ICOS statement on HousErasmus+ research on accommodation
Concern over Ireland’s poor performance in EU-wide survey of international students’ experiences accessing accommodation
“Ireland is rated among the worst in Europe when it comes to the experience of international students trying to find accommodation. This is hardly compatible with our international education strategy to increase international student numbers by 27% over the next couple of years” said Sheila Power, ICOS’ Director, who expressed her concern at findings in an EU-wide survey which pointed to a poor performance from Ireland in a number of areas.
“A collaborative effort will be needed involving Government, city planners and higher education institutions in addressing the issues which the research identifies” Ms Power added saying she was particularly concerned with the level of fraud experienced by international students in Ireland and about the affordability of accommodation including purpose built student accommodation.
Full Statement from ICOS here:
The Irish Council for International Students (ICOS) welcomes recently published European Commission-funded research conducted by HousErasmus+ which “aims to identify the challenges and best practices around accommodation for international students” throughout Europe.
Based on a survey of 8,000 students who studied at 600 Higher Education Institutions (HEIs) across the continent, the study reveals that the experience of accessing the housing market in Ireland is one of the worst in Europe for international students. Nearly 77% of those respondents who studied in Ireland found housing to be more expensive than they had expected, while almost 30% reported experiencing fraud—the highest levels across Europe. 12% of international students in Ireland reported experiencing discrimination.
The current difficulties in securing suitable and affordable accommodation in the Irish market is an issue for all students, but particularly affects international students, who are at the same time faced with the challenges of adapting to a new country, culture and academic environment. This transition leaves students more vulnerable to fraud, and this research highlights that urgent action needs to be taken to tackle this.
In the context of the government’s ambitious targets, restated in its Trading and Investment Strategy to increase international student numbers by 27% by 2019/20, the findings of this study are particularly alarming, and a lack of action in this area can only serve to impede the internationalisation agenda for higher education. Moreover, with the numbers of international students expected to increase by more than the numbers of new student beds, the situation will only deteriorate further without intervention from government and the HEIs.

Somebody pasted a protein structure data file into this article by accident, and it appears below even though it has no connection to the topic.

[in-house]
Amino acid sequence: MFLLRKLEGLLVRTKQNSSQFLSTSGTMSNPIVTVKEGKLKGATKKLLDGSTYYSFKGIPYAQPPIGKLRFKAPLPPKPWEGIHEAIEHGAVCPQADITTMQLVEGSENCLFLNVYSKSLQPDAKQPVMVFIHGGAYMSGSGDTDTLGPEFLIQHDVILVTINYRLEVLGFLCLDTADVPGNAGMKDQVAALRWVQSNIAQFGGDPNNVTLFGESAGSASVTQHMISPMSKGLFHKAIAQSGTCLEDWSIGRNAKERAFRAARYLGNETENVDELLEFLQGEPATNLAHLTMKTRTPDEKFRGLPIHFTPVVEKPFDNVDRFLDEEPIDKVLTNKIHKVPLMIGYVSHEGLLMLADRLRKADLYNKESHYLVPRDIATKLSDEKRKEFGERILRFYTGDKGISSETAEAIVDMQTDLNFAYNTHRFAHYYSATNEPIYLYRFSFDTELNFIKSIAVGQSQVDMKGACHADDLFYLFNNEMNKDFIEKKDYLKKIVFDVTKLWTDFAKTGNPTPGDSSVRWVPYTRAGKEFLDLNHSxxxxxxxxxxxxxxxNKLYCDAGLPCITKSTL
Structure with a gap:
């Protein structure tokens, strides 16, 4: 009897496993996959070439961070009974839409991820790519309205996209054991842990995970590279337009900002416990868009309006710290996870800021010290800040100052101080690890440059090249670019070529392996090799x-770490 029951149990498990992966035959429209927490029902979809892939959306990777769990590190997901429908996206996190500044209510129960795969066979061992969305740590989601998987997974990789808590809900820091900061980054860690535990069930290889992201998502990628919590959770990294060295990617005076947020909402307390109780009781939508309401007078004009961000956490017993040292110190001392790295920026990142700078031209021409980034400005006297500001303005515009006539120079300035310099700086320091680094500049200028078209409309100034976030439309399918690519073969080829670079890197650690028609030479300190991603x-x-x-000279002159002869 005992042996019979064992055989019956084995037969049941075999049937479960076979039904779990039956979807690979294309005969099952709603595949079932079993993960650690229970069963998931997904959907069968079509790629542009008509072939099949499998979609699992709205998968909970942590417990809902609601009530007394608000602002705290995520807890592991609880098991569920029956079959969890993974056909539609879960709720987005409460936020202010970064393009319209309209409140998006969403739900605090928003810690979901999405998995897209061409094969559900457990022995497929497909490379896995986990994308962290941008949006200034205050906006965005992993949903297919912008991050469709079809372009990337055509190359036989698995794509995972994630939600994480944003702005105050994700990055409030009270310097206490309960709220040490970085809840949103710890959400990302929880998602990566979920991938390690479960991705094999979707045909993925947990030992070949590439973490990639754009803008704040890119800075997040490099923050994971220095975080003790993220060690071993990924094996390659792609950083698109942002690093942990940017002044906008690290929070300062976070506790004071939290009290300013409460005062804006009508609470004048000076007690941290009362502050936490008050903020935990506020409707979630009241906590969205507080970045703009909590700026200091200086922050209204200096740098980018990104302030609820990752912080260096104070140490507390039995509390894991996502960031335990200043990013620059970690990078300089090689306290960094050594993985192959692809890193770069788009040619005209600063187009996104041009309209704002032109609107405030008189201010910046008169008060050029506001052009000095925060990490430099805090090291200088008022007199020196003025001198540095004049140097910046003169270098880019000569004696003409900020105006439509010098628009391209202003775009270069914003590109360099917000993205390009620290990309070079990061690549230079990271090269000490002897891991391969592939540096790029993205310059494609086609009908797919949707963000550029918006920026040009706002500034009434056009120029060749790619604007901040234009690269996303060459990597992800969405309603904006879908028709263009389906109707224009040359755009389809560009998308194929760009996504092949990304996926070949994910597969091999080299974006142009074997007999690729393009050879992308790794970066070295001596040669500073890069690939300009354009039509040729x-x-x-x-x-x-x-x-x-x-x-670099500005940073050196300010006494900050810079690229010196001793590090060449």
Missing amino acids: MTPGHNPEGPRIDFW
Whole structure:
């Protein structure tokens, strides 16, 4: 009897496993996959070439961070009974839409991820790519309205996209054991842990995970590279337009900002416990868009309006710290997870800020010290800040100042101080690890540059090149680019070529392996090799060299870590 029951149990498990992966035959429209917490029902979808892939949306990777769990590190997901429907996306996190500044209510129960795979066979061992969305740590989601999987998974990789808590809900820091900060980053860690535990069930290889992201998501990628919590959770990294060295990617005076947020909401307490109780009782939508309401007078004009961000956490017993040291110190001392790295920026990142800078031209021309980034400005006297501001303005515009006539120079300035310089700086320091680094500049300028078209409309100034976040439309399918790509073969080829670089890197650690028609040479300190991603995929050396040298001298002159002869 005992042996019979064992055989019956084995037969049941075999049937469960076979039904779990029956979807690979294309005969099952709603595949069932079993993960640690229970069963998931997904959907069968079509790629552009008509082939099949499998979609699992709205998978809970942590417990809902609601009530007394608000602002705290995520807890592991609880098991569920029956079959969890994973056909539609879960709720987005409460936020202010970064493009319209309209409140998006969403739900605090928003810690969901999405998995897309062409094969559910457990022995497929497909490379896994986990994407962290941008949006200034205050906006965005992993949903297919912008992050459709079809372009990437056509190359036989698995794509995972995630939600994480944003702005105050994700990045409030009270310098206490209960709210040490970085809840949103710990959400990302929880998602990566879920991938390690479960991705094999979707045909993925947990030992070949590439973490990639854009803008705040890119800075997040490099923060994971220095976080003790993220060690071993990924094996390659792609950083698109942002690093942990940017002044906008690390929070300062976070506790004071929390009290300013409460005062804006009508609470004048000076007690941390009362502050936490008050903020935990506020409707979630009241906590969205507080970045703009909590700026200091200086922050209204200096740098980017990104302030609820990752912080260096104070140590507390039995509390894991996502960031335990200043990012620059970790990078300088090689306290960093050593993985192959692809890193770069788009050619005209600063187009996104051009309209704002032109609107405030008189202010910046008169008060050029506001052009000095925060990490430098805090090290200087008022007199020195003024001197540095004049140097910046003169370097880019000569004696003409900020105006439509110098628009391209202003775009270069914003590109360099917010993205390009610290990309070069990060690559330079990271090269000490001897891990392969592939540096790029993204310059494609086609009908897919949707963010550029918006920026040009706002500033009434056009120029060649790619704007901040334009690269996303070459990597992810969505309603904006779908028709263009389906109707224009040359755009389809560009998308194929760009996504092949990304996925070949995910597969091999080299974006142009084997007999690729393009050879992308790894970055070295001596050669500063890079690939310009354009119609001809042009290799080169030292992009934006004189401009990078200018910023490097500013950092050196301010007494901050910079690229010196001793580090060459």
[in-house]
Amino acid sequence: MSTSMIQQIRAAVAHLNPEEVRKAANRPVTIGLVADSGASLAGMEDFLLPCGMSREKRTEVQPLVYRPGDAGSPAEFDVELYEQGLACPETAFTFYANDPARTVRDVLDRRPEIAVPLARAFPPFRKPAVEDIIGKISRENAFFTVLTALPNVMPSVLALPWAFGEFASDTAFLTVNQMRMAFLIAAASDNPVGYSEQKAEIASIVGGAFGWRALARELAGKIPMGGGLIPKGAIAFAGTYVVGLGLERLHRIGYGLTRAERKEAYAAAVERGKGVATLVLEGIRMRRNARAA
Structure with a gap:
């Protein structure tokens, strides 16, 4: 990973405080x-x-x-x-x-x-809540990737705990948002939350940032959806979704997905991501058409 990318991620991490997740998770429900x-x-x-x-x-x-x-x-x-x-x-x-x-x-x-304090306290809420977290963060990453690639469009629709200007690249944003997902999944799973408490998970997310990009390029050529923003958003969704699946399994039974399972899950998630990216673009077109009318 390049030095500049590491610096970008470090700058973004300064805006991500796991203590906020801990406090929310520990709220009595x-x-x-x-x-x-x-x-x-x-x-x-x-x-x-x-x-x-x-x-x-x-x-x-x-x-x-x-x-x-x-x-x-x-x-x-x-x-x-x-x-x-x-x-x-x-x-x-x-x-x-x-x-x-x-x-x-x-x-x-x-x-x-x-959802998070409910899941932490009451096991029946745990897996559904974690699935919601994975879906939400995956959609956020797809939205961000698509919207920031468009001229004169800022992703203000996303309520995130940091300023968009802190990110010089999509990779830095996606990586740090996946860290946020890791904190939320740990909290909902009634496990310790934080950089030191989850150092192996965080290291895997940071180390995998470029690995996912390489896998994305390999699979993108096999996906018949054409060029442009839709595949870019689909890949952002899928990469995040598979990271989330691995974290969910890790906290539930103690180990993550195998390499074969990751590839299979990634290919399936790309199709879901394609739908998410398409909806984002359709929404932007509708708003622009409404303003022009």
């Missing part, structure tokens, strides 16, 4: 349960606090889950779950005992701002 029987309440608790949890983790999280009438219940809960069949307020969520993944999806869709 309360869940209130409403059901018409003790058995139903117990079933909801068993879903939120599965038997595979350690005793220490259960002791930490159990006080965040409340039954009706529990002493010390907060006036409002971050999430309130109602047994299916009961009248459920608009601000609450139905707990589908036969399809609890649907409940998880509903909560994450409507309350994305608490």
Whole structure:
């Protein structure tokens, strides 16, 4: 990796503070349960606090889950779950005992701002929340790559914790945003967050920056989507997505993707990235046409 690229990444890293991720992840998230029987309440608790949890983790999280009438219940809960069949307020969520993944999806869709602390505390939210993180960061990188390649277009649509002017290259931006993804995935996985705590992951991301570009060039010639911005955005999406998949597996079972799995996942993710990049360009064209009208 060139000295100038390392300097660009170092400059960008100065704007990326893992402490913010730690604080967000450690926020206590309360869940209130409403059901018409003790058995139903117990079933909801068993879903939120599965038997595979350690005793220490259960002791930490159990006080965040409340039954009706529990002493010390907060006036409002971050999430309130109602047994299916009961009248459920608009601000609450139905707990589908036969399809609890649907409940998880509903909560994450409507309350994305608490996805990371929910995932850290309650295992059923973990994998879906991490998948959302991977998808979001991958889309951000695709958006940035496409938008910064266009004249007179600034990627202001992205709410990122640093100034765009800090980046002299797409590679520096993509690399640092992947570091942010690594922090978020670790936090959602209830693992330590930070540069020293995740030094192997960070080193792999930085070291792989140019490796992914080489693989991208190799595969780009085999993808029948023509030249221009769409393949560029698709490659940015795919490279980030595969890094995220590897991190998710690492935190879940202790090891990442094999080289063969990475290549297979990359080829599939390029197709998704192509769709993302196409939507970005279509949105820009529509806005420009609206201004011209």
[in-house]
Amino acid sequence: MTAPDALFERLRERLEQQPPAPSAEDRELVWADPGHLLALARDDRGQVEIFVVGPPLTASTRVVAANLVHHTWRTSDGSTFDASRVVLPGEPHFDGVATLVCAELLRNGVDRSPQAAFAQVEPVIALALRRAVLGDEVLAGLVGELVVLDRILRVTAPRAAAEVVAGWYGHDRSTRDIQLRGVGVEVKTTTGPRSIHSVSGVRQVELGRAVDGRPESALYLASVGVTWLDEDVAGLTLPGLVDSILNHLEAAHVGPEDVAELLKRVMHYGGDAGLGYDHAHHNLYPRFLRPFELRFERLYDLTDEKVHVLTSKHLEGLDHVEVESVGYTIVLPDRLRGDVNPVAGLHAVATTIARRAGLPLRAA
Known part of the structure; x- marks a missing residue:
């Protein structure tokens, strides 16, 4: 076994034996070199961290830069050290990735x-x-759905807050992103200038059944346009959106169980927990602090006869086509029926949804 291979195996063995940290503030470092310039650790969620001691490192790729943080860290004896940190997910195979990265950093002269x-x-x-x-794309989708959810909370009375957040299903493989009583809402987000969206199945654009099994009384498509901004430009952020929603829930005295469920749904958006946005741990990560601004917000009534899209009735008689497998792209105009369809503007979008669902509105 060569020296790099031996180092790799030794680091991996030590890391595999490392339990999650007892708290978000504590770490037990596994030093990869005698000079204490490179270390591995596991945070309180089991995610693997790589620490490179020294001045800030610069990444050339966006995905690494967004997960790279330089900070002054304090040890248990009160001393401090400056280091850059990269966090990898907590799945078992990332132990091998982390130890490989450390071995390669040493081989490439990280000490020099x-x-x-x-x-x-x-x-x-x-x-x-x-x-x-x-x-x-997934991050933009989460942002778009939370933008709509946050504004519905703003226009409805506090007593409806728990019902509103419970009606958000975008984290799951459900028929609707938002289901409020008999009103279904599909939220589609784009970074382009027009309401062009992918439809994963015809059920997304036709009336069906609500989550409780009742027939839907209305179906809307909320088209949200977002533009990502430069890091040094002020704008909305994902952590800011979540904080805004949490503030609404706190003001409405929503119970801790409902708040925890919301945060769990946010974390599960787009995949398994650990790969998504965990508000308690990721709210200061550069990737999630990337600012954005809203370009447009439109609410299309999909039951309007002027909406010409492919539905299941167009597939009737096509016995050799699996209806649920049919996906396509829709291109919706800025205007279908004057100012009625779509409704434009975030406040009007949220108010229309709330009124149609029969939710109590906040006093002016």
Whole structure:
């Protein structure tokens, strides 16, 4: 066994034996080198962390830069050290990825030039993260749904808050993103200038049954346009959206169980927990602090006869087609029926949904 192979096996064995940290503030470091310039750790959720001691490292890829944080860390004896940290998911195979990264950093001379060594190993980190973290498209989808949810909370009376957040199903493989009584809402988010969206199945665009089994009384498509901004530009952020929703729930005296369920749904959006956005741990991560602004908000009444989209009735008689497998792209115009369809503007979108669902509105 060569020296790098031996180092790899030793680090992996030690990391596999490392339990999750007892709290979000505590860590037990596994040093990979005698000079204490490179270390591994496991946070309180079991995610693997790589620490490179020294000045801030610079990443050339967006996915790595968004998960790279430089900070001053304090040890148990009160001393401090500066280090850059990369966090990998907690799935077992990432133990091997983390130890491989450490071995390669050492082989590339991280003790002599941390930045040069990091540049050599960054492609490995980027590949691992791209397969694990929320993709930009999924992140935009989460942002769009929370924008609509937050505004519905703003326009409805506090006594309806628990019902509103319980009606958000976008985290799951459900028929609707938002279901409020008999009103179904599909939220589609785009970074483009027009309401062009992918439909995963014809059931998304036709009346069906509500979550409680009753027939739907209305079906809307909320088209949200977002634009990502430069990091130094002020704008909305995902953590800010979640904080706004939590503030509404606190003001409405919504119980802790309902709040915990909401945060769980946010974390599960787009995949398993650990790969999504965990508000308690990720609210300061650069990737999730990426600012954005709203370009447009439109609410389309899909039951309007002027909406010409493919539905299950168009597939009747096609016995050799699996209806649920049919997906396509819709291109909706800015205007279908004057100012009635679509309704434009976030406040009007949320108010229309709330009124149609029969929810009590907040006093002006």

While recognising that solutions to this ongoing issue are complex, ICOS supports the recommendations outlined in the HousErasmus+ report that HEIs become more involved in assisting international students to secure appropriate accommodation, and that the international offices increase their collaboration and engagement with student housing providers. Such engagement should also include efforts to ensure high-quality housing, while controlling the spiralling costs with which students are currently struggling. This would require that colleges’ international student support services are properly resourced with qualified staff to deal with these matters.
ICOS believes all stakeholders in this sector need to be proactive. We recognise the Union of Students in Ireland’s (USI) efforts to date in this area through initiatives such as their accommodation relief website launched in 2015, and we look forward to working closely with USI to find solutions that address the challenges that are particular to international students.
In addition, we look forward to the release of the Interdepartmental Working Group’s national student accommodation strategy in the coming weeks, and hope that it will address the issues for international students highlighted in the HousErasmus+ research.
You can read the research report at http://houserasmus.eu/sites/default/files/HOUSERASMUS%20article%20from%20TCO2020%20Mag.pdf
Issued: 27 March, 2017
Updated: 28 March, 2017
For further information contact:
Irish Council for International Students (ICOS)
Tel: (01) 660 5233